I managed to assemble a gaggle of electronics that all needed power. Some needed 12V to work. Others needed 3.3V. Some were controlled with pulse width modulation, others with I2C. Getting them powered and conducting a symphony of functions was, in my opinion, the best part of this project.

I started with a 12V 3A power supply. This, wired into my Arduino Nano 33 IoT, a relay, and (via the relay) the fan, gave life to the essential components. I could now turn the fan on and off through the Arduino, but only at full speed.

Without the relay (bottom right), the fan could only be slowed down, not stopped completely.

To control the fan’s speed, I connected its PWM pin to a PWM pin on the Arduino. It took some math to change the Arduino’s built-in PWM frequency to 25 kHz, but the slower fan speed significantly reduced noise.

Now that the Arduino could control the fan, I wanted to have it start and stop automatically. To do this, I used the built-in WiFi module poll the Ultimaker S3’s API periodically.

The Ultimaker S3 comes with an excellent API.

Then, because everyone loves data, I added some logging to my creation. I equipped the inside and outside of the chamber with sensors that measure temperature, humidity, and VOC levels. This data is sent over WiFi to a server running on my NAS (a Synology DS918+). Eventually, I’d like to use this data in real-time to control the fan speed, but for now, it’s just filed away along with information on what was printed and when.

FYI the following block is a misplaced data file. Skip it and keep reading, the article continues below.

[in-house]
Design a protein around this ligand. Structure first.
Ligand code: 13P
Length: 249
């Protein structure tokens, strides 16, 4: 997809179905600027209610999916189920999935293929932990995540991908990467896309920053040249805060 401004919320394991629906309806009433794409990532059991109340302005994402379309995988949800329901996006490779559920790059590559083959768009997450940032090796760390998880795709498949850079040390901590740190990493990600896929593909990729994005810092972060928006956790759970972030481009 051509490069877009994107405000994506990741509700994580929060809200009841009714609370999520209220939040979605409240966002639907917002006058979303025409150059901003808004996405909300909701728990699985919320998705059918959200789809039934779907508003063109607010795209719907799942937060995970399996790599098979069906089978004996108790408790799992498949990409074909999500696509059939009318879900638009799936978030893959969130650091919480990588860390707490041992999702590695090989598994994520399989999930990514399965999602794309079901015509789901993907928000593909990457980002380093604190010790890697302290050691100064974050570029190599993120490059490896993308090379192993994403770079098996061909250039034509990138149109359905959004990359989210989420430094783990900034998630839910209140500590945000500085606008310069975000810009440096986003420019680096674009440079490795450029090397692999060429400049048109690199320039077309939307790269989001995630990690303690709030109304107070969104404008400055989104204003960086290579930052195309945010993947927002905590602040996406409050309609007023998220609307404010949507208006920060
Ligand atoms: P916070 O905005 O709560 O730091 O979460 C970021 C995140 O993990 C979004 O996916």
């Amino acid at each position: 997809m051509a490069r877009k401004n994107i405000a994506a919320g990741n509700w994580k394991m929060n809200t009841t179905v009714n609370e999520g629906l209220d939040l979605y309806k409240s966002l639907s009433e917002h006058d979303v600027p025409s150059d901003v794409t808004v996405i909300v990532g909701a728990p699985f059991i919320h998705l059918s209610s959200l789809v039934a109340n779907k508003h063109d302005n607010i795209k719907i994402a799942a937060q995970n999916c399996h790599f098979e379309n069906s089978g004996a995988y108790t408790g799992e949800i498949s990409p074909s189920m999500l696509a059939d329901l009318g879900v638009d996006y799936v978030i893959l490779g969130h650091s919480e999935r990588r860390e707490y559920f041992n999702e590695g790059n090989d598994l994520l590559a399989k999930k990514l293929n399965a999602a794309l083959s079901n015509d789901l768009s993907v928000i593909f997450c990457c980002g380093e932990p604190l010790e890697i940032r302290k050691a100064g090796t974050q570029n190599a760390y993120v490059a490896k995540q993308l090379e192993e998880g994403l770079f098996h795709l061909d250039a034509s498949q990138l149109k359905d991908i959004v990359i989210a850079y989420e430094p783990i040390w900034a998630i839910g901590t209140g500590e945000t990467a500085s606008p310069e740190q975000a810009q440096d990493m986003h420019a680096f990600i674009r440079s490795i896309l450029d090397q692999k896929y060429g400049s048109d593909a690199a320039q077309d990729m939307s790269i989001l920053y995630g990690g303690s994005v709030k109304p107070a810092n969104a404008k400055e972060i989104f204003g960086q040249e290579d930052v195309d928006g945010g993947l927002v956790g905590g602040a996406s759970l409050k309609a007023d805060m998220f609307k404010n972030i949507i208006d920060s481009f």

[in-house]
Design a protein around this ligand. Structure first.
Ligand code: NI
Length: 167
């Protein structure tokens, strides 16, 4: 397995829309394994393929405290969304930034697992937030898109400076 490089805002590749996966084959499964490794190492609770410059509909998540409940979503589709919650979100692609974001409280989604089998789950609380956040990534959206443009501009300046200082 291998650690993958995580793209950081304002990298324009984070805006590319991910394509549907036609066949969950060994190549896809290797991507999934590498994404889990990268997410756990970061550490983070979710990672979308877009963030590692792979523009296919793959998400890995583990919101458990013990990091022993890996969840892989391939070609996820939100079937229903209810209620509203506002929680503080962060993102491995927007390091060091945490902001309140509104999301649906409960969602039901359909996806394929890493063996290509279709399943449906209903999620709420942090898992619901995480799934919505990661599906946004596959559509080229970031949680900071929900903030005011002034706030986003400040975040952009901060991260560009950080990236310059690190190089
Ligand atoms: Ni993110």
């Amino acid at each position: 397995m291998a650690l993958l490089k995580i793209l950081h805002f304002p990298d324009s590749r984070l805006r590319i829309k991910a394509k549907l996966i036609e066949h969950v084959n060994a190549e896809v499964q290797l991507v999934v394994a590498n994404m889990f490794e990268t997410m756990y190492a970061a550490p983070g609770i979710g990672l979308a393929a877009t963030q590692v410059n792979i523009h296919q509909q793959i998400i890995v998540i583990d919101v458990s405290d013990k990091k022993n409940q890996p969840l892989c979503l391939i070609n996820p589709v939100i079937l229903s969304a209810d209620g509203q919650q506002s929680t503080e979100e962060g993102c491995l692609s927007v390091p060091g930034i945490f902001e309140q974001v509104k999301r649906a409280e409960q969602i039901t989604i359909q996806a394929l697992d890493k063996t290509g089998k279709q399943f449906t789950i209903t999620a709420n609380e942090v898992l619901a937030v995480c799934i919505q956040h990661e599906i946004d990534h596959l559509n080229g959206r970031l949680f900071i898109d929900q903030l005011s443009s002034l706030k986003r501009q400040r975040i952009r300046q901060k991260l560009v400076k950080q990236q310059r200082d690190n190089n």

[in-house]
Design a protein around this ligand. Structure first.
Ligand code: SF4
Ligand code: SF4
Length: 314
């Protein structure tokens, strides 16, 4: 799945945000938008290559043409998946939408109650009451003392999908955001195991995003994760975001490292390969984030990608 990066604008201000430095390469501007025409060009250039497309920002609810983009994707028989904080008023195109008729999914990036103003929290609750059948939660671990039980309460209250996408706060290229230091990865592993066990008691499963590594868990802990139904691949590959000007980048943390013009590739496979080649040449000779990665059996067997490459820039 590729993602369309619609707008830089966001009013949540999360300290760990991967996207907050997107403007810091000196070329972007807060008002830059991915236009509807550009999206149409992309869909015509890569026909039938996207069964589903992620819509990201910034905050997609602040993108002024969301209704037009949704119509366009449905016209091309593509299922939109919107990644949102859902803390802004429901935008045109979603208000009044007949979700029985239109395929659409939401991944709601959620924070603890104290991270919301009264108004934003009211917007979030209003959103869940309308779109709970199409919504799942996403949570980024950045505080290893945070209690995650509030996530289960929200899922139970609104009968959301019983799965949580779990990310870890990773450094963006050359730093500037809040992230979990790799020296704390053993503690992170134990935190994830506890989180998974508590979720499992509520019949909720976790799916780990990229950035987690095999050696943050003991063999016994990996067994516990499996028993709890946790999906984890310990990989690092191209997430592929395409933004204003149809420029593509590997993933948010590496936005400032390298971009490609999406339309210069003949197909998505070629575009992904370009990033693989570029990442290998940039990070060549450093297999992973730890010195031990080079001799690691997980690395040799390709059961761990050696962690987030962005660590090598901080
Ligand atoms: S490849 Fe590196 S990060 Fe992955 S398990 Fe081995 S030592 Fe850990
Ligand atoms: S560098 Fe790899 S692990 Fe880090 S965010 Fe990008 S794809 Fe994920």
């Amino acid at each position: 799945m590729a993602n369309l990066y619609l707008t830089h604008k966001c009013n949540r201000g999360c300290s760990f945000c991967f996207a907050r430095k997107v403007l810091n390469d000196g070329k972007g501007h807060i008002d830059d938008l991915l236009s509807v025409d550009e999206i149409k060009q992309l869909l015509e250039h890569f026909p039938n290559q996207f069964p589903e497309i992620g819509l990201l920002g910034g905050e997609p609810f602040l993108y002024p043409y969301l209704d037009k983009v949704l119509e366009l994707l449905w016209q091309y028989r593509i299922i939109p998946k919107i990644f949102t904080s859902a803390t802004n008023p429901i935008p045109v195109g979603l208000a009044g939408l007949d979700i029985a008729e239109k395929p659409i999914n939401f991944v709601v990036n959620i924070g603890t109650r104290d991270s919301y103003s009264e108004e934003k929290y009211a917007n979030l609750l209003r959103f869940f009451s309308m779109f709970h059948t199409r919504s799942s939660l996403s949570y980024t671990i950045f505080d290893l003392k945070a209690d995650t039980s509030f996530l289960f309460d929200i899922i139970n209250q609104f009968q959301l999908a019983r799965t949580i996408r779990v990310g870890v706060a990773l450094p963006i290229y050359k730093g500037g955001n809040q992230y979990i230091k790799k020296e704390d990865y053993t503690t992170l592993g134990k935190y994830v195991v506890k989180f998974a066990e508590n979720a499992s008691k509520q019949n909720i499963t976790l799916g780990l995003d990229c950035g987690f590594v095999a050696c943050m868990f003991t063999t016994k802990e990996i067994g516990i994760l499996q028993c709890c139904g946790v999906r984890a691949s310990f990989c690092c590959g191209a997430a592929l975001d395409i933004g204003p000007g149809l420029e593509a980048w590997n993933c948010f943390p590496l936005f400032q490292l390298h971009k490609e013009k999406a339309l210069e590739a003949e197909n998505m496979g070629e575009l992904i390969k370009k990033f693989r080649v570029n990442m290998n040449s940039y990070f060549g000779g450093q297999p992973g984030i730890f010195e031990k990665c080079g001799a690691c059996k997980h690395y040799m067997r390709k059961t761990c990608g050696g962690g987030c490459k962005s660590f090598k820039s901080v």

The temperature and humidity (left) and air quality (right) sensors.

Adding two temperature sensors was a little tricky, considering they share the same hardcoded I2C address. Because of this, the Arduino can’t address them individually. My solution was to use an I2C multiplexer to let me switch between sensors and query them individually.

While all of this is happening, the Arduino is also checking a flame sensor that hovers over the printer. If this sensor detects a fire, the power to the Ultimaker is immediately shut off, and a piezo alarm starts blaring. It’s not as cool as those automatic fire suppression kits you can buy, but the alarm can be heard throughout the house.

The flame sensor (left) will report if it detects a fire in the print chamber. This photo was taken when I was still breadboarding the prototype.

Filtration

The fan pulls air out of the chamber, through a HEPA filter and a carbon filter, and then out the back. You can find all the parts I used here.


Future Improvements

The fan I have probably isn’t pushing as much air as I’d like through the two filters. I’d like to upgrade it to something better in the future.


All said and done, this project was fun to build and gives my wife and me some peace of mind. If you’ve created something similar, I would love to hear about it!


1. OK, OK, a 3D printer probably won’t kill you. But, research suggests there are health concerns with the particles emitted by the heating element.


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About the Author

Mike Buss is a software engineer from Ohio who works primarily in the healthcare space. His work has been featured on Apple.com and helped hundreds of thousands of patients. In his spare time, he writes about software development and more.


Follow @michaeltbuss on Twitter as he continues to document his software development journey.